Authorities in western Libya released 120 fighters from a rival eastern force on Wednesday, the latest move towards reconciliation in a United Nations-backed peace process aimed at ending years of violence.
The men were fighting for the 107th Brigade under the command of eastern military strongman Khalifa Haftar, who in April 2019 launched an offensive to seize Tripoli from a unity government.
The fighters had been captured near the western city of Zawiya that same month.
On Wednesday, dressed in loose white outfits and matching skullcaps, they were released following a ceremony in Zawiya, 45 kilometres east of Tripoli.
The ceremony took place at a sports ground in Zawiya under heavy security.
In a speech, Abdallah al-Lafi, vice-president of the country's new presidential council, welcomed the move and called for further reconciliation and rebuilding.
"We must not pass on hatred and bitterness to our children," he said.
After a recitation from the Koran and the singing of the national anthem, the prisoners were released and reunited with their families amid loud ululations.
Libya has been ravaged by bloodshed since the assassination of revolutionary leader Muammar Muhammad Abu Minyar al-Gaddafi in a NATO-backed 2011 revolt.
An array of armed groups arose to fill the vacuum, and many coalesced around the Tripoli-based Government of National Accord (GNA) or around Haftar, who backed an eastern administration.
The two camps, each supported by foreign powers, fought for more than a year before Haftar was forced to retreat.
In October they signed a truce, setting in motion a UN-led process that saw a new transitional government installed in February.
The deal had also led to the release of several dozen prisoners by January.
The new executive is charged with organising national elections set for December 2021.
- Foreign forces -
But while the advances in the peace process have been widely praised, the transitional administration faces a complex task -- not least due to the presence of foreign forces who backed the rival camps and have remained on Libyan soil.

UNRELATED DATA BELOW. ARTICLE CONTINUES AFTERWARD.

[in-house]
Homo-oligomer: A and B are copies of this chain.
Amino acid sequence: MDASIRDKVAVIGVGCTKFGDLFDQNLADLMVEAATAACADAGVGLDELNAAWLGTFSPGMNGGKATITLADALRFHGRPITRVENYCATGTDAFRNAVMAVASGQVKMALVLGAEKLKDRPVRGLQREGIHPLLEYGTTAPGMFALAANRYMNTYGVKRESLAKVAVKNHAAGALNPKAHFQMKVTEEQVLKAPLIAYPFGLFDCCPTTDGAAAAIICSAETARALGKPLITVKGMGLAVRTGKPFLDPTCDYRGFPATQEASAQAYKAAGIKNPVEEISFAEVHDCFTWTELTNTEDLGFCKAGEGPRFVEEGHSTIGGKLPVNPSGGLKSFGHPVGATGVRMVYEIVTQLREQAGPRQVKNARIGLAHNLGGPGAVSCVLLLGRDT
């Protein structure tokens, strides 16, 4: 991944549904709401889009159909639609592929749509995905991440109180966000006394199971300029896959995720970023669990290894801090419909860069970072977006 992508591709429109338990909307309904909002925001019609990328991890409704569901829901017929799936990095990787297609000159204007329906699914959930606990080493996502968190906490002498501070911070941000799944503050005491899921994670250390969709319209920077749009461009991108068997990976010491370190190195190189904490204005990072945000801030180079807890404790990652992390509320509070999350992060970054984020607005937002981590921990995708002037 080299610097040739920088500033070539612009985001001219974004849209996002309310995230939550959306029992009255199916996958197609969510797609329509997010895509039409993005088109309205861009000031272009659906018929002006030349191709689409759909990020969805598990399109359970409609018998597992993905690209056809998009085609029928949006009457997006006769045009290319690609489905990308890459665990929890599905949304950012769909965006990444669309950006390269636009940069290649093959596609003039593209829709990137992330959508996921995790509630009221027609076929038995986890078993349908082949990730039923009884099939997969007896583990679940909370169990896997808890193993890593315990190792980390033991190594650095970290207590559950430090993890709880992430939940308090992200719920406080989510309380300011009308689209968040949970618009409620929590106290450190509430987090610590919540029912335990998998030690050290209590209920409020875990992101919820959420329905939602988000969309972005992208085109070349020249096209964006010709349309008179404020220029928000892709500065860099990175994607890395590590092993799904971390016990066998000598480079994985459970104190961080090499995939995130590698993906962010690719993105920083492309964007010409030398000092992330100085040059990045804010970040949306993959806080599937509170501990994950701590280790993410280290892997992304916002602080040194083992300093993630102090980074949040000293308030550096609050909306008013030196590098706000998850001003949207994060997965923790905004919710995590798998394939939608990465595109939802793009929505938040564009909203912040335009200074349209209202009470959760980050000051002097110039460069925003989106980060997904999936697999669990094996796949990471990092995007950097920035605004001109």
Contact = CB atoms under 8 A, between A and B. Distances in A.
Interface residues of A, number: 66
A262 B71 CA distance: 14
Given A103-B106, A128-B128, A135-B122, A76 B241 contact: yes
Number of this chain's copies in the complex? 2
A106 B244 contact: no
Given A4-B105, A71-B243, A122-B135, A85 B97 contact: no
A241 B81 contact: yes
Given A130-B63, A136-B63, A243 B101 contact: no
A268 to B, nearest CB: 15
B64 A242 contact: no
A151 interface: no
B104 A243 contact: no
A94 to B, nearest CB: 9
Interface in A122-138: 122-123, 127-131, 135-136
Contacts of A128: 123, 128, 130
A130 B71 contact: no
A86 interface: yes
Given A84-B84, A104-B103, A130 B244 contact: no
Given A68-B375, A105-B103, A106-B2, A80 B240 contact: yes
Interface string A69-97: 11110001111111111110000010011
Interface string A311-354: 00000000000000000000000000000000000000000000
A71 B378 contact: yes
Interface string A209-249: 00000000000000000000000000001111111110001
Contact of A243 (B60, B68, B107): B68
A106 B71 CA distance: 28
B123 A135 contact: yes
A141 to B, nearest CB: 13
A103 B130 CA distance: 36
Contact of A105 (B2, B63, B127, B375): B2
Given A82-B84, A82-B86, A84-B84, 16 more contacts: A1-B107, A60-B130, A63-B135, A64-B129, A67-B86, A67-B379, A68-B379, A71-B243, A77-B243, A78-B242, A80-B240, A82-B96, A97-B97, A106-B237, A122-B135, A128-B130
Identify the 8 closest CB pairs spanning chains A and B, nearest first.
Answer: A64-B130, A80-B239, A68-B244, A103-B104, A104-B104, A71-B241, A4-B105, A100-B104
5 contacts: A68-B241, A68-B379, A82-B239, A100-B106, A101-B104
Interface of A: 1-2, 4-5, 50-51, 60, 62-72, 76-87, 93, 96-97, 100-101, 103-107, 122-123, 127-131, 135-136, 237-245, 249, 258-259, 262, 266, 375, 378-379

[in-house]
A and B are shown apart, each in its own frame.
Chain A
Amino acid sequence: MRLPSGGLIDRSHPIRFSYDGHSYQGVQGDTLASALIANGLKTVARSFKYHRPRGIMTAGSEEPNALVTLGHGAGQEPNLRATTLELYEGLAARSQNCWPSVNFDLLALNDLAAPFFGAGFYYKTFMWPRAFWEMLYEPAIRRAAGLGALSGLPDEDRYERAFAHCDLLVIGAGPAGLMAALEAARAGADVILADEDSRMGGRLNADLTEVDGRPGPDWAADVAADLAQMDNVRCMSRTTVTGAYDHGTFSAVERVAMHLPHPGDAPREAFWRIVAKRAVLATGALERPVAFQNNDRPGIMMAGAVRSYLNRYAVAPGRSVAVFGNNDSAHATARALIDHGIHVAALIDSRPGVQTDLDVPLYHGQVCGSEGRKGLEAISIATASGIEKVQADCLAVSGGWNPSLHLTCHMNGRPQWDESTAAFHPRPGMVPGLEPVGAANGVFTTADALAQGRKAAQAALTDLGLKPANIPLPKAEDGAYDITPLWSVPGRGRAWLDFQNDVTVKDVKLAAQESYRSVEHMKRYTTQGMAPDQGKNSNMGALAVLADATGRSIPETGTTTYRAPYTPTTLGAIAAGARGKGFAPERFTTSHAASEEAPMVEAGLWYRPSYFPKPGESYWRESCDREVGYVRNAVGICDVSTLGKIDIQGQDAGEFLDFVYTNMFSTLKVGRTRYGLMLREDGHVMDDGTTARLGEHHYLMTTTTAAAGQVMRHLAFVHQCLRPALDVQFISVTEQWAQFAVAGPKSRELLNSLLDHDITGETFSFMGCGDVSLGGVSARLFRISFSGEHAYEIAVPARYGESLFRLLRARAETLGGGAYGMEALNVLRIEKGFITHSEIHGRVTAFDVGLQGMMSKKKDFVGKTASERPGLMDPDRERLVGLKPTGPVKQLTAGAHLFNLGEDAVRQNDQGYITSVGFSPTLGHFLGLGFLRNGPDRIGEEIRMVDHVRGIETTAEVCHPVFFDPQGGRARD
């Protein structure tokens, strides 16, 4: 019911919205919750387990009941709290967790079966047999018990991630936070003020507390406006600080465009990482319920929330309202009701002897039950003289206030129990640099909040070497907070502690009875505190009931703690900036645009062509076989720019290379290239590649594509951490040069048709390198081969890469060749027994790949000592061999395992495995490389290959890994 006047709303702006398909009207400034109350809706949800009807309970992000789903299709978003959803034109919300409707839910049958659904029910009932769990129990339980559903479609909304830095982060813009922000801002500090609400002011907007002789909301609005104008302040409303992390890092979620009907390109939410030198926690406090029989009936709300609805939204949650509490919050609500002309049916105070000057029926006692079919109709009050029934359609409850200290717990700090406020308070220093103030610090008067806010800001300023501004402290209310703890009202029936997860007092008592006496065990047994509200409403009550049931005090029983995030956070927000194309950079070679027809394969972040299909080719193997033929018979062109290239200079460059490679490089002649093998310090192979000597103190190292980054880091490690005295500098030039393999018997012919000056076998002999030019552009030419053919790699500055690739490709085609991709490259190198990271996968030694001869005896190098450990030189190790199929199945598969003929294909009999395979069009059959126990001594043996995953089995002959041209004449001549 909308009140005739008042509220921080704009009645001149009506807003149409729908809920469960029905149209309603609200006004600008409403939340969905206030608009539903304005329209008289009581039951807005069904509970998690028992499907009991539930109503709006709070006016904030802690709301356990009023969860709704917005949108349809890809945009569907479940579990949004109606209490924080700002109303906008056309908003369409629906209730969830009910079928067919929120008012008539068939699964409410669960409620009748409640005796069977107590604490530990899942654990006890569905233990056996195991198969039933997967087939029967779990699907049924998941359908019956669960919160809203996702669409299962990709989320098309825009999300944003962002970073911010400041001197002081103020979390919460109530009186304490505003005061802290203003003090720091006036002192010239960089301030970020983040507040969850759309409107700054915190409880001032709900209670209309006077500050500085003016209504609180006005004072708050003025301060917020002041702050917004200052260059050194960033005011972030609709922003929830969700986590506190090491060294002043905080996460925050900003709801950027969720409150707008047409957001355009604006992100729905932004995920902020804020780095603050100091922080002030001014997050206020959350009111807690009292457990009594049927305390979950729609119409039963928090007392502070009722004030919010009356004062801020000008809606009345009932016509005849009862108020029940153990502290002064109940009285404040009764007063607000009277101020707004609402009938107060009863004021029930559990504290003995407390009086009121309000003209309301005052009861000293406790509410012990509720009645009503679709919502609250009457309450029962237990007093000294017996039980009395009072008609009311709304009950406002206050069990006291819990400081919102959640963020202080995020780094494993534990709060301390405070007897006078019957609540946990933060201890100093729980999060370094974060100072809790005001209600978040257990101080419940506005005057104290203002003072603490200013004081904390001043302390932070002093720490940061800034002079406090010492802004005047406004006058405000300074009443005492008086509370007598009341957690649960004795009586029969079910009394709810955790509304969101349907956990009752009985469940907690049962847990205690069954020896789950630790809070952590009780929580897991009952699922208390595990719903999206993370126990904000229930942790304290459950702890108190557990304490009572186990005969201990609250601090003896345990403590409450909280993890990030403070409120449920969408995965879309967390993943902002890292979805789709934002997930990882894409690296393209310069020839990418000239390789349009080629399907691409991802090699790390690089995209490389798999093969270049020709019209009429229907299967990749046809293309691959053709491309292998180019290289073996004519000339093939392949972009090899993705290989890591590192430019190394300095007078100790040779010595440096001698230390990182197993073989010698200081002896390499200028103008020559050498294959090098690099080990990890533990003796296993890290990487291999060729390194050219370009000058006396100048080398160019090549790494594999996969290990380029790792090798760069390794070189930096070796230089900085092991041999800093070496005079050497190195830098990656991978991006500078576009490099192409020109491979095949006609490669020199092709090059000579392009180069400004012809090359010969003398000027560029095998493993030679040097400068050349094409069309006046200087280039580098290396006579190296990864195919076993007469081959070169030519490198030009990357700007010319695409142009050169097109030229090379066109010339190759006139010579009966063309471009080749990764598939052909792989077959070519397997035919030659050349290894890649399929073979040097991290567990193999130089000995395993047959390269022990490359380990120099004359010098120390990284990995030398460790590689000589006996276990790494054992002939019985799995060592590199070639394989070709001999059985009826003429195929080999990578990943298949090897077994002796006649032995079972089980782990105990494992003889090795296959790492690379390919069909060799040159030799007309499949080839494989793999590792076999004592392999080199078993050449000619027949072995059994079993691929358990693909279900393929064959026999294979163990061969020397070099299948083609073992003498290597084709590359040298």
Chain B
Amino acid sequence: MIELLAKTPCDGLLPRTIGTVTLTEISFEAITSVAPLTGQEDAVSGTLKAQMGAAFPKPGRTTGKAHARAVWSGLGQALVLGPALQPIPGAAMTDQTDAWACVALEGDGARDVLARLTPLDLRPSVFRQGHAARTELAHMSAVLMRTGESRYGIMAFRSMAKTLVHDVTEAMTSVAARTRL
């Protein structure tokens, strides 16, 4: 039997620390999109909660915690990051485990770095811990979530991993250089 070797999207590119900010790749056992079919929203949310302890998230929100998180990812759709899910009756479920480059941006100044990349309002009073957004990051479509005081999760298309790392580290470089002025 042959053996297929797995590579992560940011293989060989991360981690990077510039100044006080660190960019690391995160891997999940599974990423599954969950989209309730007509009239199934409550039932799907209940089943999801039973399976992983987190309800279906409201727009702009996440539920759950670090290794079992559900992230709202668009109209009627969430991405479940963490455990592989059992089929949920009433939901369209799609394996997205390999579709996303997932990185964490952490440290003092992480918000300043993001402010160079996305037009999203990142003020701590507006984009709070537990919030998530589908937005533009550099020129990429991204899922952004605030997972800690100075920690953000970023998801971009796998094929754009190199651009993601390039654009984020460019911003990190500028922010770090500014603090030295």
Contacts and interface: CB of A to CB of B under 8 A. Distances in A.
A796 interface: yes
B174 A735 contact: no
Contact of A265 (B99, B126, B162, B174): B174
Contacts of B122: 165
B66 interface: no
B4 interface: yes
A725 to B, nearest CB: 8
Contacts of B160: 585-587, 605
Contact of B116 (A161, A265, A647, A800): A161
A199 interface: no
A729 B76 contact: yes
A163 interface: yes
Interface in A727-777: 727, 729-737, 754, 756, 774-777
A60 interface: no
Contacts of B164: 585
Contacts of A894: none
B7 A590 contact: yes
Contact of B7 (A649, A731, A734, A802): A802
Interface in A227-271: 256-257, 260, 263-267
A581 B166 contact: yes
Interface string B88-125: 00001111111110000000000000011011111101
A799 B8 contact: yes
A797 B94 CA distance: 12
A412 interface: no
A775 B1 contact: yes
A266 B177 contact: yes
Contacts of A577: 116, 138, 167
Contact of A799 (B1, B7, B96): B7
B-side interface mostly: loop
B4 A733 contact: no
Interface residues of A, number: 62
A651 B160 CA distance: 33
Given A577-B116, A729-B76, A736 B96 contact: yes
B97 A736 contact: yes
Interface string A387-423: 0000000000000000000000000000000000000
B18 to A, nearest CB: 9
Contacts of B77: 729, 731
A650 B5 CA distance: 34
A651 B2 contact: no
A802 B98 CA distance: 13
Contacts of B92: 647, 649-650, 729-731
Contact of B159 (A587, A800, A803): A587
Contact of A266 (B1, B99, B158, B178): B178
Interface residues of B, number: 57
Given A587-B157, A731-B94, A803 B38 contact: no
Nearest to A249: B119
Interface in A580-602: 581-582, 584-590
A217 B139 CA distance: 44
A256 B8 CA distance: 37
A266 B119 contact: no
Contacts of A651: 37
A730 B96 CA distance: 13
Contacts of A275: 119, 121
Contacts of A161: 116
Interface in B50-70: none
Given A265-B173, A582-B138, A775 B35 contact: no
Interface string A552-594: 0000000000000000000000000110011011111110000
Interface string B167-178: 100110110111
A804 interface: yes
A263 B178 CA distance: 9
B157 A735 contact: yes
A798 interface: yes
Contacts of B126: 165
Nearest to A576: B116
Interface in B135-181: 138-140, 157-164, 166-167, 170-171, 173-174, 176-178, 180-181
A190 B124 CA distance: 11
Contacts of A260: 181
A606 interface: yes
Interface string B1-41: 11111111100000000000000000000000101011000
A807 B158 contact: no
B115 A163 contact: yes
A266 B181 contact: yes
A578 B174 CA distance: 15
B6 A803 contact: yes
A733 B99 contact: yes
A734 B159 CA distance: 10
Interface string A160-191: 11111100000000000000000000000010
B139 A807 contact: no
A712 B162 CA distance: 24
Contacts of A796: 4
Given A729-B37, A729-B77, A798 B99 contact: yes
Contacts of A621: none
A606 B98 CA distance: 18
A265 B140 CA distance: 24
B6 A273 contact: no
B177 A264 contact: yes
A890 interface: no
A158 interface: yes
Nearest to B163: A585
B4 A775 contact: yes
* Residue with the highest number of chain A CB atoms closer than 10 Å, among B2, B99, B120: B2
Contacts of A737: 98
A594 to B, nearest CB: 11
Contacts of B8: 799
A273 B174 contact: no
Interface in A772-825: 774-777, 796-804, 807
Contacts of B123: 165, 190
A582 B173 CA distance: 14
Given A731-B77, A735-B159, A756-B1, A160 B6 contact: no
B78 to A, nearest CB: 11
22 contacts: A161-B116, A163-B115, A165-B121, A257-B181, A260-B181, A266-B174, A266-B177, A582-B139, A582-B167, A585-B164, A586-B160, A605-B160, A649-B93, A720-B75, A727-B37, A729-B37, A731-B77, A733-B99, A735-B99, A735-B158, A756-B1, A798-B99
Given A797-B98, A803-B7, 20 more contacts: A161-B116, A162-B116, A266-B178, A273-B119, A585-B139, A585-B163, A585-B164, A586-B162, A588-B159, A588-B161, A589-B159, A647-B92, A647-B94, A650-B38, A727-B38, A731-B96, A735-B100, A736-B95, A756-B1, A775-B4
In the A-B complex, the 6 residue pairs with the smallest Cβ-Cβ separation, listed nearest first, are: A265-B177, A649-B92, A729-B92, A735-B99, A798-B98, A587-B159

Haftar received military support from the UAE and the shadowy Wagner Group, close to the Kremlin, while his rivals were backed by Turkey, whose drones were seen as critical in repelling Haftar's forces last year.
According to the UN, some 20,000 mercenaries and foreign fighters were still in Libya in early December. A January 23 deadline for their withdrawal passed without any sign of them leaving.
UN Secretary-General Antonio Guterres called on the Security Council on Wednesday to give the world body's UN mission UNSMIL "a clear but flexible mandate, supported by additional resources" to support its ceasefire monitors, who would work alongside Libyan observers from the rival camps.
Both Libyan camps have called for a monitoring mechanism led by Libyans themselves, and Guterres insisted in a December report that "the implementation of the ceasefire agreement must be Libyan-led and Libyan-owned".
But diplomats have voiced incredulity after the UN's Libya envoy said last week that as few as five UN officials may be deployed to monitor the truce.
With some 20,000 foreign fighters still in the country, such a mission is a "pretty big task and probably takes more than a few UN ceasefire monitors," one ambassador to the UN told AFP, asking not to be named.
There also remains the difficult question of crimes committed during the war.
Human Rights Watch has said more than 300 people had been abducted or reported missing in Tarhuna, used by Haftar's forces as a major staging point for his offensive on Tripoli.
Mass graves were later discovered in the town which was run by the local Al-Kani militia.
The rights group's Libya researcher Hanan Salah tweeted Wednesday that "No one has been held to account yet for the crimes of abduction, disappearance, torture and unlawful killing of scores of people" in Tarhuna.